Making Macros in CoffeeScript


JavaScript dependency management is a hot topic at the moment (see RequireJS, Dojo and StealJS). This got me thinking, why do we just treat JavaScript as dumb files to be served up to the client? Now that we have web servers that literally speak the same language, aren’t there greatly possibilities yet to be discovered? Can we write code that seamlessly merges the divide between client and server?

Well honestly? I’ve got no idea. I got a little stuck on the first problem that came to mind – how do we get the server to understand what the code is intending to do on the client? Sure, using Node we could happily execute our JavaScript. But if we wanted to have some smarts about how we deal with it, say analyze a piece of JavaScript to determine what stuff it’s dependent on, we’d actually have to parse the code. Now I’m sure this is possible; clearly Web Browsers and Node parse JavaScript quite happily. But the thought of trying to deal with that myself didn’t quite make me giddy with excitement. If only there was a language like JavaScript but had easily useable parsers on hand that let us mess with the language…


Enter CoffeeScript. In it’s own words…

CoffeeScript is a little language that compiles into JavaScript. Underneath all of those embarrassing braces and semicolons, JavaScript has always had a gorgeous object model at its heart. CoffeeScript is an attempt to expose the good parts of JavaScript in a simple way.

A nice language that will compile into JavaScript, which also exposes the good parts of JavaScript’s (gorgeous) object model in a simple way? Well doesn’t that just sound perfect. Sure enough, it’s pretty easy to compile a CoffeeScript program from JavaScript.

var coffee = require('coffee-script');

var nodes = coffee.nodes(coffee.tokens("a = 2 + 2"));

console.log( nodes.compile() ); // var a = 2 + 2;

The important bit for this post, is that we can get both the token stream and the AST nodes themselves before they’re finally compiled into JavaScript. These nodes are just simple JavaScript objects thrown together in a graph. To make messing with them even easier, the Node structures are extremely well documented on the CoffeeScript site (No really, go look at it – it’s the most attractive documentation I’ve seen in a while). For the statement “a = 2 + 2”, the node graph looks much like below:

    Value "a"
    Op +
      Value "2"
      Value "2"

As a first experiment, I wrote a Visitor object which would visit each node in the graph and if certain conditions were met, replace the node with a new one. In this case, I’m looking for a method call like “ADD x, y”, then I’d replace the node with another in the form “x + y”.

var addReplacementVisitor = {
	onCall: function(n, replaceCallback) {
		if (n.variable.base.value === "ADD") {
			var addOp = new nodes.Op('+', n.args[0], n.args[1]);

So I can imagine what you’re thinking, “well done Dave, you’ve managed to replace an ADD call with an add operation. Yeah, super useful…”. My original idea was to build on this and have more advanced Visitors which would transform the node graph in grander ways. However, these things are kind of difficult to write, and doing anything even slightly more than trivial took an awful lot of code. Fortunately, I just happened to show this to our product designer Eric Wright, he took one look at and remarked – “ah, like Macro’s in Lisp” (yeah, a talented designer who’s also familiar with Lisp, way to make me feel inferior). Lisp allows you to define “macros”, essentially things that look a lot like functions, but actually act more as a find and replace on the language/AST itself. (There are a lot of places online which will give you a proper rundown).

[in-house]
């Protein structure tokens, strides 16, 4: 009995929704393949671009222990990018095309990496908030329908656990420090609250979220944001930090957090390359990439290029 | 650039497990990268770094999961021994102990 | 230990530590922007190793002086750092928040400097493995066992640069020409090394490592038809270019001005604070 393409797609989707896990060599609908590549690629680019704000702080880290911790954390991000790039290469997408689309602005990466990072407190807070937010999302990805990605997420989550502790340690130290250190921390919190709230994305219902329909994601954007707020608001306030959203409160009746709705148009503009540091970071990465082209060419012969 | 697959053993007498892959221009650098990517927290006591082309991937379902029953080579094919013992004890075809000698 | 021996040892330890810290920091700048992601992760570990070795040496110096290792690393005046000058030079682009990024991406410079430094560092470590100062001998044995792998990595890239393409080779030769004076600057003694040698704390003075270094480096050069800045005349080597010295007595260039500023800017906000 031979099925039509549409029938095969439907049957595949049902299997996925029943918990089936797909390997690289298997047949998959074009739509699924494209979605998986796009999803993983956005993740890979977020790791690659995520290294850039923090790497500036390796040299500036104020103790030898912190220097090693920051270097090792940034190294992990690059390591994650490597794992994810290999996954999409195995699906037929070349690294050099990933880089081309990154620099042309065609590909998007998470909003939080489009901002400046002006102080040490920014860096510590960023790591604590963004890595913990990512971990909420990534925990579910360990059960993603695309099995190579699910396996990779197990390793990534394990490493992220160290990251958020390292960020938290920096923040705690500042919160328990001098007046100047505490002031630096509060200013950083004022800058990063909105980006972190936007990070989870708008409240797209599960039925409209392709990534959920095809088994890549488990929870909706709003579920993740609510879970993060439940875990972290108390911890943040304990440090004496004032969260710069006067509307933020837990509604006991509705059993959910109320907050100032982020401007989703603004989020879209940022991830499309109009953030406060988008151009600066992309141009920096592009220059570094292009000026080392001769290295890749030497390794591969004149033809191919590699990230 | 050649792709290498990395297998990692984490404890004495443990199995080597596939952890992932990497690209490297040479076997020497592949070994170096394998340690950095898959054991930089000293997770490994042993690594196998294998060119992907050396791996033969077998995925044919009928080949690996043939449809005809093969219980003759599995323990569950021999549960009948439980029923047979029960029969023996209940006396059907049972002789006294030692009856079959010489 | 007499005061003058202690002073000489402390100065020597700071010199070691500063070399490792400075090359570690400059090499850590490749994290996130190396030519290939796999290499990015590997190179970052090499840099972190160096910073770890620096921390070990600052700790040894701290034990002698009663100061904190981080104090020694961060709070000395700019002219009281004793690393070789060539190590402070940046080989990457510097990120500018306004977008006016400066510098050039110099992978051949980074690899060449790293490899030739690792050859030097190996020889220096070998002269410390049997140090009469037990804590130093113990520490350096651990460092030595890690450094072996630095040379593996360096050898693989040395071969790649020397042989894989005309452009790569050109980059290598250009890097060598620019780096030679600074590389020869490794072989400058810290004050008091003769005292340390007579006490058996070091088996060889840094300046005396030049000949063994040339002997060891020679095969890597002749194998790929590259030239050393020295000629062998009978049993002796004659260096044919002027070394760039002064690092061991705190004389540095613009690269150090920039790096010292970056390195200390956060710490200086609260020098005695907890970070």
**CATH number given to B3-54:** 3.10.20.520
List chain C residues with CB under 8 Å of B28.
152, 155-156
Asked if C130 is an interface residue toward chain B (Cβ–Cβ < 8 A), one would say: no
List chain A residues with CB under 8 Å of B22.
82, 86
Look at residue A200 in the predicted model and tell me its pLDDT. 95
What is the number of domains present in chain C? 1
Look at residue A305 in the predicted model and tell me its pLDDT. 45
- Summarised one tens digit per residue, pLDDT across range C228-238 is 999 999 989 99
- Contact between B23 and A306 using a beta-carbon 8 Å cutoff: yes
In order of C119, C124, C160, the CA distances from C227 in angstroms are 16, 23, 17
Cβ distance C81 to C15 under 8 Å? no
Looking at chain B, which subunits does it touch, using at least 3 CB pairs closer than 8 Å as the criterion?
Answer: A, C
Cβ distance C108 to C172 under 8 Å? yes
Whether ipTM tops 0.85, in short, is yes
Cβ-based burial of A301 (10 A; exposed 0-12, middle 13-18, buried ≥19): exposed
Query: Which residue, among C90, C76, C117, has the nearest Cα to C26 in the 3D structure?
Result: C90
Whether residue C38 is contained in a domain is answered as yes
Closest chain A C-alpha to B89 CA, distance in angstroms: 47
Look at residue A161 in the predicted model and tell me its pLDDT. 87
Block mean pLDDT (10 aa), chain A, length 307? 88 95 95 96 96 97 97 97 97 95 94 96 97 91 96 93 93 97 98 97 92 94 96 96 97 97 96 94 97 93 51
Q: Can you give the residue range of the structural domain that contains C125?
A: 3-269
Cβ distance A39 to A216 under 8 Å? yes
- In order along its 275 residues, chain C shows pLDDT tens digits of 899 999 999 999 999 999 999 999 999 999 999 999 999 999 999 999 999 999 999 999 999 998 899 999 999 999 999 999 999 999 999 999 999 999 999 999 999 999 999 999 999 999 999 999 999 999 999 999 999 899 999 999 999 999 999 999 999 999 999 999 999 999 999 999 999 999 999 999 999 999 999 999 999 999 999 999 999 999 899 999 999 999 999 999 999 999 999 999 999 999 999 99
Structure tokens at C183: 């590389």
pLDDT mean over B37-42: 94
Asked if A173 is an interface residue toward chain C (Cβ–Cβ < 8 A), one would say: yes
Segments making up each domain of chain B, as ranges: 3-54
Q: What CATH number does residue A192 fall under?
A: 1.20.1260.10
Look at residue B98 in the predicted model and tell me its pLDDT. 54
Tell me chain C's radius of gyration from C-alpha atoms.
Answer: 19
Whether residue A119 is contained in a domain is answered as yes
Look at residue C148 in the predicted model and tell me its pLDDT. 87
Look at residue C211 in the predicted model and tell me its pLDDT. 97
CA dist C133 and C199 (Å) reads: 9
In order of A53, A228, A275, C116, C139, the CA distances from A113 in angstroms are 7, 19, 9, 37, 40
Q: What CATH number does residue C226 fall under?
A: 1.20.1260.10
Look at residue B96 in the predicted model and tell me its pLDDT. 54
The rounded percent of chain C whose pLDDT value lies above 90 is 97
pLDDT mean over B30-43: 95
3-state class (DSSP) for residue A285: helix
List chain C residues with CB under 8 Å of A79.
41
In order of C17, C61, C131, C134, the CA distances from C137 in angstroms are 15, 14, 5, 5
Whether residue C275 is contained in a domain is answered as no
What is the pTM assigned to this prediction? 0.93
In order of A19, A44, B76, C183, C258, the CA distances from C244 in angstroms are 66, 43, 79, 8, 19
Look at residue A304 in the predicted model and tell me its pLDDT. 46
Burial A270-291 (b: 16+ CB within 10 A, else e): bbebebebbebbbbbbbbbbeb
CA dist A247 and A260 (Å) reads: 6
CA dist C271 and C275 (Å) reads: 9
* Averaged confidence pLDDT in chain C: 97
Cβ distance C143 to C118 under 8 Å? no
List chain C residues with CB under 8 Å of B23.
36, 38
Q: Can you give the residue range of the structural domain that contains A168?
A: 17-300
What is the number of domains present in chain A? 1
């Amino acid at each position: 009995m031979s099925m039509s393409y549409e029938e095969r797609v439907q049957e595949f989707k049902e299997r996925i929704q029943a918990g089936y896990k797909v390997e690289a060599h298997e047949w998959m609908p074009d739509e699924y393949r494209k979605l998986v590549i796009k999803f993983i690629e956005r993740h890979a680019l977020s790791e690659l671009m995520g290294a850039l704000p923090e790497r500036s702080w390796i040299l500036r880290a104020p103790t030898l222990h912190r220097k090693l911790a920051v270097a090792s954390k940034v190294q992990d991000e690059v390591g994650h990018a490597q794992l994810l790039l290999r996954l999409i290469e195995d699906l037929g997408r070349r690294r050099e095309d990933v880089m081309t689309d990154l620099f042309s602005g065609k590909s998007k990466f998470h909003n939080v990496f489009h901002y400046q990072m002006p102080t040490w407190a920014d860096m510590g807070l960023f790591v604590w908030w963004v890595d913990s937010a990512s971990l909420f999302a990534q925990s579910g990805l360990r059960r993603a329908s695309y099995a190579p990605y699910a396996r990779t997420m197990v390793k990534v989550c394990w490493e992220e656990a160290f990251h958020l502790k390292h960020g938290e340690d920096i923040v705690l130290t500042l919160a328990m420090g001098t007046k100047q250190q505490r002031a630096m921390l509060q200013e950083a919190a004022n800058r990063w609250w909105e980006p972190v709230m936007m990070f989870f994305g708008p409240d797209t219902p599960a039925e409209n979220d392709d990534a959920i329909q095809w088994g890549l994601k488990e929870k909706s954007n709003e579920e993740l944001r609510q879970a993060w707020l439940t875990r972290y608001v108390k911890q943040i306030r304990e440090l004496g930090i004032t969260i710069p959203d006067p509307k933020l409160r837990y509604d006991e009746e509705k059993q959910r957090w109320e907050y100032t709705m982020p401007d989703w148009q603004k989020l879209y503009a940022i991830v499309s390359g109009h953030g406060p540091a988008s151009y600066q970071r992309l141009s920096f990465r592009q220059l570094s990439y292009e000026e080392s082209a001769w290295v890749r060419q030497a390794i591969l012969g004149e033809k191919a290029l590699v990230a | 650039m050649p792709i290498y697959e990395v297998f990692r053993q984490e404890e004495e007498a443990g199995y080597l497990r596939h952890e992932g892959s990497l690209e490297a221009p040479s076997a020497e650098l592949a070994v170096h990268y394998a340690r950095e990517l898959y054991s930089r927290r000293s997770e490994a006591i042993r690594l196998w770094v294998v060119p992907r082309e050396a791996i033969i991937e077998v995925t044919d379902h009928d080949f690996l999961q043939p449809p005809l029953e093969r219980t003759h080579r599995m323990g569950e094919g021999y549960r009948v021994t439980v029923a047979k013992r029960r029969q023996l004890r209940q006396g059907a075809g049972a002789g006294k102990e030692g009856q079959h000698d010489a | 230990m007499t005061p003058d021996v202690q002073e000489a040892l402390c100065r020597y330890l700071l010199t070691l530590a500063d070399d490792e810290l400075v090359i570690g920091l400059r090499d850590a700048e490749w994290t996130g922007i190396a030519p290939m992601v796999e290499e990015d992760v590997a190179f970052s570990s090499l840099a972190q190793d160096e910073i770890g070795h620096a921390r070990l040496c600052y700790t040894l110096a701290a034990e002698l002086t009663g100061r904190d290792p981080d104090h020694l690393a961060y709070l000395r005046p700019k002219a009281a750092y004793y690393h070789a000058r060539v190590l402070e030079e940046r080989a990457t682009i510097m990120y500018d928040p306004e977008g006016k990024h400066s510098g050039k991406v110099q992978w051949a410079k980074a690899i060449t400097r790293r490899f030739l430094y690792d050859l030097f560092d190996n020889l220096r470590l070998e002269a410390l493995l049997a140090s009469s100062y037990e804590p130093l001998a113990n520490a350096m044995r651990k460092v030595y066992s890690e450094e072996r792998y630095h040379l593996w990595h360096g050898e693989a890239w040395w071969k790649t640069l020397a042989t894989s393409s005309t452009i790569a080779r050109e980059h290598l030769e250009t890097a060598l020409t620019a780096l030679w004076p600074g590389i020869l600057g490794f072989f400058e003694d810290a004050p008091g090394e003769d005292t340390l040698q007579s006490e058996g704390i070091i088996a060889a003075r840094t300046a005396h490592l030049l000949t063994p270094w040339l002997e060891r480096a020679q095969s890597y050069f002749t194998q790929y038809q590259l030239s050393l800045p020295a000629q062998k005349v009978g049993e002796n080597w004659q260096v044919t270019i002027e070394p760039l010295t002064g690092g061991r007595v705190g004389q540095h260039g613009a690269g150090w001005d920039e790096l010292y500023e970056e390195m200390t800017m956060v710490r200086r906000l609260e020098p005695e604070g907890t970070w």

(defmacro swap (a b)
    `(let ((temp ,a))
       (setf ,a ,b)
       (setf ,b temp)))

CoffeeScript Macros

This got me thinking – by far the easiest way of representing a graph of CoffeeScript nodes is CoffeeScript code itself. So in my first prototype, I have a CoffeeScript file designated to define macros, and then a CoffeeScript source file which the defined Macro’s are applied to. So to do something like the above we’d define a swap Macro like…

SWAP = (x,y) ->
	$tmp = x
	x = y
	y = $tmp

Quite straight forward stuff – we’re just creating a function named SWAP which takes two variables (x and y) and swaps them around. Hopefully you’re wondering about the significance of $tmp and why I’ve named it a bit funny, we’ll get to that in a moment. Imagine it working on the following CoffeeScript source:

a = 1
b = 2
c = 3
d = 4
SWAP a, b
SWAP c, d

The Macro really is just a find and replace, so when it’s found the SWAP method in the above, it’ll replace it with the body of the Macro. If we were to do this twice in the same scope, like the above. We’d expect to see two $tmp variables declared which wouldn’t be good – to prevent this, any variable in the Macro scope begining with $ will be renamed to something unique. So in my quick prototype, compiling the above would result in the following JavaScript:

var a, b, c, d, __tmp0, __tmp1;
a = 1;
b = 2;
c = 3;
d = 4;
__tmp0 = a;
a = b;
b = __tmp0;
__tmp1 = c;
c = d;
d = __tmp1;

Using your body

Usually the expressions passed to a Macro are just copied directly into the Macro’s body. But what if we wanted to wrap a Macro around a whole block of code? Well, there’s a special $body argument convention that will help us cope with that. Where most arguments are just directly copied, the $body variable is first “unwrapped” and just the expressions in it’s body will be copied. This allows us to pass a function (typically as ia Macro’s last argument) and treat it as the body of the Macro’s code. The example below hopefully demonstrates this better. Imagine we want to wrap a try…catch around all of our code so that all exceptions are swallowed.

ERRZLESS = ($body) ->
	catch e
		console.log "IGNORED ERROR: #{e}"

Note how we use this macro by supplying a function as the body.

	throw "ARGGGGSSS"

This will produce the following JavaScript.

try {
  throw "ARGGGGSSS";
} catch (e) {
  console.log("IGNORED ERROR: " + e);